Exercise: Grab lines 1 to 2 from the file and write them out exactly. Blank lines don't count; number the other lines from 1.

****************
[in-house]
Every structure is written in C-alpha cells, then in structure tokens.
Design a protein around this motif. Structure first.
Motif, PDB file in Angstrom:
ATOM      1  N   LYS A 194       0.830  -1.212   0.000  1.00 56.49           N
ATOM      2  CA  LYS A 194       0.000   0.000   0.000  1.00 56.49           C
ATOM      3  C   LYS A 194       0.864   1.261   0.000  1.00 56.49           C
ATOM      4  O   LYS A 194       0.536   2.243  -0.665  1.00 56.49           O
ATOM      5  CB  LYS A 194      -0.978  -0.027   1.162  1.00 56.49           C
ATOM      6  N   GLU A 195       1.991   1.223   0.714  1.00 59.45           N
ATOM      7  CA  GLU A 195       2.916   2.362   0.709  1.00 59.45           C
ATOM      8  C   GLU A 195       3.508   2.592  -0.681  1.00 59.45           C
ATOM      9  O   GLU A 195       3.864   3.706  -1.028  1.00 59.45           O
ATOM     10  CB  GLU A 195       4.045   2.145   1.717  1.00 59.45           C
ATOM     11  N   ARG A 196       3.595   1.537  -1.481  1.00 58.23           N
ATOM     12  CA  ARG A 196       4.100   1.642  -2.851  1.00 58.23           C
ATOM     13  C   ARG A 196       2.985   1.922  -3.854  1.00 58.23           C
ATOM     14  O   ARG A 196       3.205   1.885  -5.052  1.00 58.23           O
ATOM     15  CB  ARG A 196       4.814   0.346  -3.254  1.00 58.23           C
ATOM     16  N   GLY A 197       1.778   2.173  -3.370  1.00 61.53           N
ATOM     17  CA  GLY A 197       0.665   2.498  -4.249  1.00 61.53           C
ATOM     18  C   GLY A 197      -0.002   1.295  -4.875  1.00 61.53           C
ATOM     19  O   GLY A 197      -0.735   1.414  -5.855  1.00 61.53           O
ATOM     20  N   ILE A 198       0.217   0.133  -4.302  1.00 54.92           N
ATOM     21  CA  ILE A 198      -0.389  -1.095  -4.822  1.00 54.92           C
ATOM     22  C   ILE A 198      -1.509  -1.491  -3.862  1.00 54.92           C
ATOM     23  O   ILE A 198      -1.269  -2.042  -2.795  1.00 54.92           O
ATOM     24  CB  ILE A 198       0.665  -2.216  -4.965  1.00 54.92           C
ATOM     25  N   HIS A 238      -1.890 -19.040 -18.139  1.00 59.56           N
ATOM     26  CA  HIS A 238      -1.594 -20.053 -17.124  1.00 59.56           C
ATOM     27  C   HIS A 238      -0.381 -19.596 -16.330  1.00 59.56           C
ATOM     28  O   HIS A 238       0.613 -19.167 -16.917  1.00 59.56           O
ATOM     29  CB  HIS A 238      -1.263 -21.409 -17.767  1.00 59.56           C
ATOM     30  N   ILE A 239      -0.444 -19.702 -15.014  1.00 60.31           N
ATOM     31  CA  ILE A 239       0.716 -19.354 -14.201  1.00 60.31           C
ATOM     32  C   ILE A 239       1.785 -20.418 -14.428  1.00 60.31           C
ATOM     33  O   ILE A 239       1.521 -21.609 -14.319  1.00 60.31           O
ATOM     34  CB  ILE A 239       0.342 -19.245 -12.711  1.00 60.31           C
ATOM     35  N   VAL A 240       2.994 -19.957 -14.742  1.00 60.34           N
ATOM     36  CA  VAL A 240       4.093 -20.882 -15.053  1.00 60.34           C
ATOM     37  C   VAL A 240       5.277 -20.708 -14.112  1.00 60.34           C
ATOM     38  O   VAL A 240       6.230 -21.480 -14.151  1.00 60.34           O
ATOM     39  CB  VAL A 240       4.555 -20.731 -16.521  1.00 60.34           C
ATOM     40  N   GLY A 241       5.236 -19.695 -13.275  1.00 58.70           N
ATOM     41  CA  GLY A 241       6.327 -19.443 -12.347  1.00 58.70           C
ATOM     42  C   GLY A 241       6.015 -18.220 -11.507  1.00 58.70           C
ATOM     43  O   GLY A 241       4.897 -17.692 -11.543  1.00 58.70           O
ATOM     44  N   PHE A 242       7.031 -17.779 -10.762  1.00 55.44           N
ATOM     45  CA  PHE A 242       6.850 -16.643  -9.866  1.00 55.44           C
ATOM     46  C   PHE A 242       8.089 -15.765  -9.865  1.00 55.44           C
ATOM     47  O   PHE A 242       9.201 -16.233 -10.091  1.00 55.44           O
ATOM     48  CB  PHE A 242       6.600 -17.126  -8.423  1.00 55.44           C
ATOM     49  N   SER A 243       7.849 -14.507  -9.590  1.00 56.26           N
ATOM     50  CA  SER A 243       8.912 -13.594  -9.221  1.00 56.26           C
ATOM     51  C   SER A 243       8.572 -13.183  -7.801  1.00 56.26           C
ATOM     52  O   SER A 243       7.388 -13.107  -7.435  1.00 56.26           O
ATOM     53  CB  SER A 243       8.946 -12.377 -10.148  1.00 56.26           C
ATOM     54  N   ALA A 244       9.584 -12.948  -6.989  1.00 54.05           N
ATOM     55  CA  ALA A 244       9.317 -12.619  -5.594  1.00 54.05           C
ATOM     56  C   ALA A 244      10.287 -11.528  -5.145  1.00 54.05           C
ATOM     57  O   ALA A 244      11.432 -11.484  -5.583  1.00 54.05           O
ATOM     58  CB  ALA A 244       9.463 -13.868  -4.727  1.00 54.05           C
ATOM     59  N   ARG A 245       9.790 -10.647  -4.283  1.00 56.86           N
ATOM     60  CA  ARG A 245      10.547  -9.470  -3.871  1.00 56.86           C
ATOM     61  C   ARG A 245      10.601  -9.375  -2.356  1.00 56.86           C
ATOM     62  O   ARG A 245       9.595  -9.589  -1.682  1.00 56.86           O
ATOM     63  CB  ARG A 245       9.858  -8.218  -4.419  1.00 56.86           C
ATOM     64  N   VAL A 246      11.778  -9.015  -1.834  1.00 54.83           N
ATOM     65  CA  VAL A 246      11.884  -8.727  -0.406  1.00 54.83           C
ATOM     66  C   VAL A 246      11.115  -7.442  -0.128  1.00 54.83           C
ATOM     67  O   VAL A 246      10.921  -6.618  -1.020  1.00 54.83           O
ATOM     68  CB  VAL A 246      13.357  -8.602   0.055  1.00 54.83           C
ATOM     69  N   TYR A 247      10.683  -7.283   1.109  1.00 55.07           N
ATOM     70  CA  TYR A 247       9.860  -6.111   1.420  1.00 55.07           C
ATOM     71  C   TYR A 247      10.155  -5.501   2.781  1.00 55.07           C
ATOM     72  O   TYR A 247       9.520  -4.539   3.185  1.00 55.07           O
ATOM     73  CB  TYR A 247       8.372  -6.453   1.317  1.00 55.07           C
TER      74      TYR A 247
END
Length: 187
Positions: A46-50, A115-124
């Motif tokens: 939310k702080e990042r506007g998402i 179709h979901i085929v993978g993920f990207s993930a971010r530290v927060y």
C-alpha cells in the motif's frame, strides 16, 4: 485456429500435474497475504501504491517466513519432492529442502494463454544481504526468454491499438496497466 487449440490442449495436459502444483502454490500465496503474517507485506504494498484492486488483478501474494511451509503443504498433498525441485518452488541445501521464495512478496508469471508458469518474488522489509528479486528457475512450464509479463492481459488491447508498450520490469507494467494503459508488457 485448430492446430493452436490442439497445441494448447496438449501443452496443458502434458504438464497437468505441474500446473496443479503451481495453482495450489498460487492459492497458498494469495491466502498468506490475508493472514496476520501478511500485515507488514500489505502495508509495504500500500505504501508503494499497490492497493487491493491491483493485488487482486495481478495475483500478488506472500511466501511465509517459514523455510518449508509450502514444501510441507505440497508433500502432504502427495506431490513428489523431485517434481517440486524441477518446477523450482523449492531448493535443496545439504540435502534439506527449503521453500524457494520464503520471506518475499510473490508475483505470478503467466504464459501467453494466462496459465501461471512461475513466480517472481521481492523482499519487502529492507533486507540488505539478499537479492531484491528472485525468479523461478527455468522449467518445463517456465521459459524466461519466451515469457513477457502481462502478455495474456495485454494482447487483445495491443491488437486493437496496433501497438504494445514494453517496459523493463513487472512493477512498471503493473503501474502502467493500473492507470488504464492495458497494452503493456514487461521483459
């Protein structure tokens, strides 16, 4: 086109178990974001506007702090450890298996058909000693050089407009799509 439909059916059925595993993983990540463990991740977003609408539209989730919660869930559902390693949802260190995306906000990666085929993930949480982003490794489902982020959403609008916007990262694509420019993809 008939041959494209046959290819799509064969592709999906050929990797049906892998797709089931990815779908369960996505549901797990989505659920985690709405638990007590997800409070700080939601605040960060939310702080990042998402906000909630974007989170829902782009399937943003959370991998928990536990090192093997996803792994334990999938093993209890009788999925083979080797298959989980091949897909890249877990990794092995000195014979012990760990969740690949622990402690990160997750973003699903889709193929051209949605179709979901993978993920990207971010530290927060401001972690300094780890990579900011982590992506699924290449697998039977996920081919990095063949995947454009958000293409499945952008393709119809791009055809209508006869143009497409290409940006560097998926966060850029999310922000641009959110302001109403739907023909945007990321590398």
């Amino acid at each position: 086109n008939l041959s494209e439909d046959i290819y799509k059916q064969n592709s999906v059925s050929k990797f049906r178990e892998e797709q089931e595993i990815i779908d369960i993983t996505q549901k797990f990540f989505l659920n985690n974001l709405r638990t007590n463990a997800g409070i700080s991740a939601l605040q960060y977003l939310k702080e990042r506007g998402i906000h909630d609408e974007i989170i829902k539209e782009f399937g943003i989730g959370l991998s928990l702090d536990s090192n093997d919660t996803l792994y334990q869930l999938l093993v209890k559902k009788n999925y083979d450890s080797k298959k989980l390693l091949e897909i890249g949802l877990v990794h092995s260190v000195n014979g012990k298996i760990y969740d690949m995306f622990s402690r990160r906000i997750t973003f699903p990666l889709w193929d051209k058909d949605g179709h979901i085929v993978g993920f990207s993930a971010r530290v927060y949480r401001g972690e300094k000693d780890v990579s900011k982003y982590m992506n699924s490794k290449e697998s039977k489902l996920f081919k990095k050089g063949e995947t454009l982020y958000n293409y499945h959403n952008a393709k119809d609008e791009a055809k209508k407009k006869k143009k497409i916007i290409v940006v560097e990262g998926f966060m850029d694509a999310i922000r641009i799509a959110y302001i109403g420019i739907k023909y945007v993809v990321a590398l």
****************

[in-house]
Every structure is written in C-alpha cells, then in structure tokens.